Malaysia is not in danger of duplicating the Greek scenario of banks capping withdrawals even if crude oil price drops to USD10 a barrel, argues lawyer Dato’ Seri Matthew Yeoh
As nightmarish as it may sound, it has happened before once, at the end of the last century. That event was the precursor of a global financial crisis that happened shortly after.
In recent days, oil prices have plummeted to below $30-a-barrel amid warnings the rout could reach as low as $10 and bring down petrol prices to levels last seen in 2009.
Analysts warned the oil market remains fundamentally out of balance as record oversupply and stagnant demand weigh on traders. Improvements in drilling technology, discovery of huge oil fields in the US and most recently, the lifting of sanctions on Iran, have and will contribute to the continuing glut.
There are also the complicated scenarios advanced by many theorists that at play is a huge global chess game by US to weaken the Russian economy, or an intra-OPEC manipulation headed by Saudi Arabia to punish its errant members for breaching the price levels set among members. In fact, OPEC which controls a third of the world’s output has stated that they would not hold an emergency meeting anytime soon to cut production. It is also certain that oil production would not be reduced unless non-OPEC countries, for example Russia, agrees to cut back its output. The paradox for these countries is that faced with their shrinking currency, forex reserves and high sovereign debt, it is necessary in fact to increase production just to keep up with its projected revenue but this strategy is going to lead to further glut.
Whatever the reason is, it appears that the price of oil has gone on a free fall for the moment without the bottom in sight.
Given that no fundamental factors are currently driving the oil market towards any equilibrium, prices are being moved almost entirely by financial flows caused by fluctuations in other asset prices, including the dollar and equity markets.
Dig deeper; no change
Malaysia is certainly caught in this international gamesmanship, and is likely not prepared in the short term to meet this challenge. It is estimated that oil makes up at least 30% of Malaysia’s total revenue, and as the oil prices have slid downwards over the last year to only 20% of its previous level, Malaysia has lost 26% of its national revenue. This is indeed a grim outlook, so much so that the government has seen the need to revise its national Budget on 28th January, 2016 (at time of print).
However I beg to differ and say that it is not all doom and gloom in Malaysia. Why is this so? Malaysia is in fact a net crude oil importer. Only if we combine crude oil and LNG is Malaysia a net exporter. The price of LNG has not fallen so drastically as crude oil. And as a net importer of crude oil, Malaysia in fact stands to gain from the low crude oil prices.
Of course the global slump in oil prices will affect Malaysia’s total government revenue. The short answer to this scenario is that a shrinking oil and gas sector will negatively impact the overall size of Malaysia’s economy. But the effects will not be felt equally. The brunt of the loss would be absorbed by the oil and gas sector itself. If we are being honest, it’s not the end of the world for them. It just means that years of extra-normal profits return to being more normal.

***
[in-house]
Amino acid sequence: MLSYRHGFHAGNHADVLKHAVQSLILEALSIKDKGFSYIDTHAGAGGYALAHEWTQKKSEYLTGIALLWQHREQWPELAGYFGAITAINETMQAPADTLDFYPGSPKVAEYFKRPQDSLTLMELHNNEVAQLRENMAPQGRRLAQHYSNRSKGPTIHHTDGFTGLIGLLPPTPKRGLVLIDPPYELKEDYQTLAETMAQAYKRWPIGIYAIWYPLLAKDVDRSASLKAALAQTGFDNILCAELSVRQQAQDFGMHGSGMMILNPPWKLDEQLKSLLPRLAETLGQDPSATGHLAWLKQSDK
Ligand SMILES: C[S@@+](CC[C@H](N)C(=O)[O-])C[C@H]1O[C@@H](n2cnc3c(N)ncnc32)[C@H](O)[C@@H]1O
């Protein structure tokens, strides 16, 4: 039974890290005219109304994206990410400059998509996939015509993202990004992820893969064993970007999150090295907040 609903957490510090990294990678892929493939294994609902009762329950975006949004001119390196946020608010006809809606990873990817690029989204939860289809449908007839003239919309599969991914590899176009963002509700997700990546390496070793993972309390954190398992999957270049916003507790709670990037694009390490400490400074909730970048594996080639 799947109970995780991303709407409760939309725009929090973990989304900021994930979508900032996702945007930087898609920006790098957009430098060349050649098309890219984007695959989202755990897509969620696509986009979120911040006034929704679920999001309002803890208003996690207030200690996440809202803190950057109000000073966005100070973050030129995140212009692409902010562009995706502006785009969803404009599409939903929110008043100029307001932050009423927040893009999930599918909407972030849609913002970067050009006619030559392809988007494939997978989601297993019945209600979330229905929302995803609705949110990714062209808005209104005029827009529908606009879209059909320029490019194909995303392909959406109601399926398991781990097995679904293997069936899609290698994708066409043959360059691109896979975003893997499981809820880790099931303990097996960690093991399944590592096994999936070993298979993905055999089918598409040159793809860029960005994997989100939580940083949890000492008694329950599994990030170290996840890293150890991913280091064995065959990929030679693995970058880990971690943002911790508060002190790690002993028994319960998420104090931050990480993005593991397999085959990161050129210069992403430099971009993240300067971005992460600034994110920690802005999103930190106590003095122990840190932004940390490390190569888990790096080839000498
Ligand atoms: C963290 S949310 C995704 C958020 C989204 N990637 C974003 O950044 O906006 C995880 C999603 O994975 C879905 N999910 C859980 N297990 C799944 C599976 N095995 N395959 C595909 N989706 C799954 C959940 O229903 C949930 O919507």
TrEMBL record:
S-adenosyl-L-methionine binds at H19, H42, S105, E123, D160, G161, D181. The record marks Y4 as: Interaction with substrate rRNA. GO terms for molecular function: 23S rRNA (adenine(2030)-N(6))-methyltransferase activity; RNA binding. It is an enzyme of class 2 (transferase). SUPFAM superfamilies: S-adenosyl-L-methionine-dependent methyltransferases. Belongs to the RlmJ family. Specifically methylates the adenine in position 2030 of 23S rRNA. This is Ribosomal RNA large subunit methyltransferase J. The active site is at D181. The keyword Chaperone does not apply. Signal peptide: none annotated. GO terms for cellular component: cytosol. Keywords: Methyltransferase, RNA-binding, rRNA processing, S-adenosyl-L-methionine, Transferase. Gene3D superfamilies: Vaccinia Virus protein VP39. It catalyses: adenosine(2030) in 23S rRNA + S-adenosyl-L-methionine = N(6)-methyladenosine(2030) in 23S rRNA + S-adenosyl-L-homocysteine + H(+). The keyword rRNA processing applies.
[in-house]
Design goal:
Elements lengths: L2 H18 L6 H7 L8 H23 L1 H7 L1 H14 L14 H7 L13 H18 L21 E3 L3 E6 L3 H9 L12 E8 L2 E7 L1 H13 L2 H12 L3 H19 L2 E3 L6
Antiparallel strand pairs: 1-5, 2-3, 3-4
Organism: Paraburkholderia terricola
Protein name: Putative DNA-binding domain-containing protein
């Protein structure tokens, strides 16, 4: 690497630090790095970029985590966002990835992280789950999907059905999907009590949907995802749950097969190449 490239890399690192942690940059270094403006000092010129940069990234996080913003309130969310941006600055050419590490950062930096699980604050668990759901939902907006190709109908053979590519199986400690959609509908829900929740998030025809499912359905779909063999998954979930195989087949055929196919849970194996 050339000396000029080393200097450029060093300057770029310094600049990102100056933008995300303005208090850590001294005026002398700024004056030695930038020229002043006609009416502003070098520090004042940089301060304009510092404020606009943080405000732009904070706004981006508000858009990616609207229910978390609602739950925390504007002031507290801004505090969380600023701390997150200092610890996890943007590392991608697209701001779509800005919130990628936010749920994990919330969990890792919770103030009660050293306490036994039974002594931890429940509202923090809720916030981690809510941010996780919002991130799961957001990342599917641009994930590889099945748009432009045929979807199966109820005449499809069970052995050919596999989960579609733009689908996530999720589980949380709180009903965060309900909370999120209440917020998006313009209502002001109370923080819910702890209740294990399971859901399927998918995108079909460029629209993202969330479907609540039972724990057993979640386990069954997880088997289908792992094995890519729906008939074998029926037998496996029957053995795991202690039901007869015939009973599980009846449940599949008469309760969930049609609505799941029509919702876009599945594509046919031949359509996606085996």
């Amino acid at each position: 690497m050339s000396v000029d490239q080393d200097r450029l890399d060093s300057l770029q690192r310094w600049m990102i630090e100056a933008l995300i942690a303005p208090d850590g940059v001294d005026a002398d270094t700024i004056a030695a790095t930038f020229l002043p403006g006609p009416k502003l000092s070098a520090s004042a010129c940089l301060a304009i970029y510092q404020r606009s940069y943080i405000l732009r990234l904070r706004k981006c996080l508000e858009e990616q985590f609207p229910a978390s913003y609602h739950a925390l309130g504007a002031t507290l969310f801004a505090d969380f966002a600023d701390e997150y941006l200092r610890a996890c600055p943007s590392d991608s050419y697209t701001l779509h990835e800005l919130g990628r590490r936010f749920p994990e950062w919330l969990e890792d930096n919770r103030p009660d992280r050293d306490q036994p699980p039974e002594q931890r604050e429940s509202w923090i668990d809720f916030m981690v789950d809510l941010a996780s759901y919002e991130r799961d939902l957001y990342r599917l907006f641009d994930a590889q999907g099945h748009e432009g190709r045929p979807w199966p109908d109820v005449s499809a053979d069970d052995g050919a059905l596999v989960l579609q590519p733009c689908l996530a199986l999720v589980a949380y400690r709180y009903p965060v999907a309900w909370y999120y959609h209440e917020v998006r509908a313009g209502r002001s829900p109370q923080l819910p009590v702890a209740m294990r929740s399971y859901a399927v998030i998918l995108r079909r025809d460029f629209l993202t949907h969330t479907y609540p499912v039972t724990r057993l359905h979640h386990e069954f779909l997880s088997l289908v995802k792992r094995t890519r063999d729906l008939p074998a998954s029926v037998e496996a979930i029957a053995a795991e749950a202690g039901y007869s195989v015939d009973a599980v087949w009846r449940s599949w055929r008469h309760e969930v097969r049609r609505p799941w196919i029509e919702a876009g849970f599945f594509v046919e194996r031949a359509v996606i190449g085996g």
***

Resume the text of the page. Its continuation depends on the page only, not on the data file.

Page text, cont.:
For the rest of the economy, the negative effect transfer would come muted and delayed. These secondary effects will manifest in things such as lower government spending, and everyone (the economy) generally having less money to spend.
Since our government taxes oil producers, when oil prices are low, government revenues will undoubtedly take a hit. But thankfully, the price drop does not necessarily result in a direct transfer to government revenues.
Firstly, LNG prices while also weaker, have not dropped as drastically as crude oil prices. Secondly, sales of oil and gas products from Malaysia are slightly cushioned by the USD strengthening against the Ringgit.
Additionally, there is further cushioning in the form of expenditure saved by the removal of fuel subsidies. This alone will save the government at least RM21 bil in expenditure, which makes up about a third of our oil revenues.
The country does not equal the government, and the government does not equal the country. Even though government revenues suffer when oil prices are low, as a net oil importer, the balance of trade actually moves in Malaysia’s favour.
Government oil revenues come mainly from taxes and duties on the extraction and sale of oil plus dividends from Petronas. Whether or not the oil is sold within the country or exported, the government stands to make the same amount of money (with the exception of export duties).
But since now Malaysia is a net oil importer, we buy more than we sell. So it makes sense that we as a country (the collective of people and entities that make Malaysia) stand to save more money than the amount we will forego with lower crude oil prices anyway.
From this analysis, a well-managed economy should not give room for any pretense at increasing costs such as materials, labour, transport costs, etc. Real estate prices ought not be compelled by external forces to hike steeply and suddenly.
Although for the immediate future, we are going through some lean times, I do not foresee us going the Greece way with the banks capping withdrawals and such.
Dato’ Seri Matthew Yeoh is managing partner of Yeoh Mazlina & Partners, member of ASEAN Legal Alliance.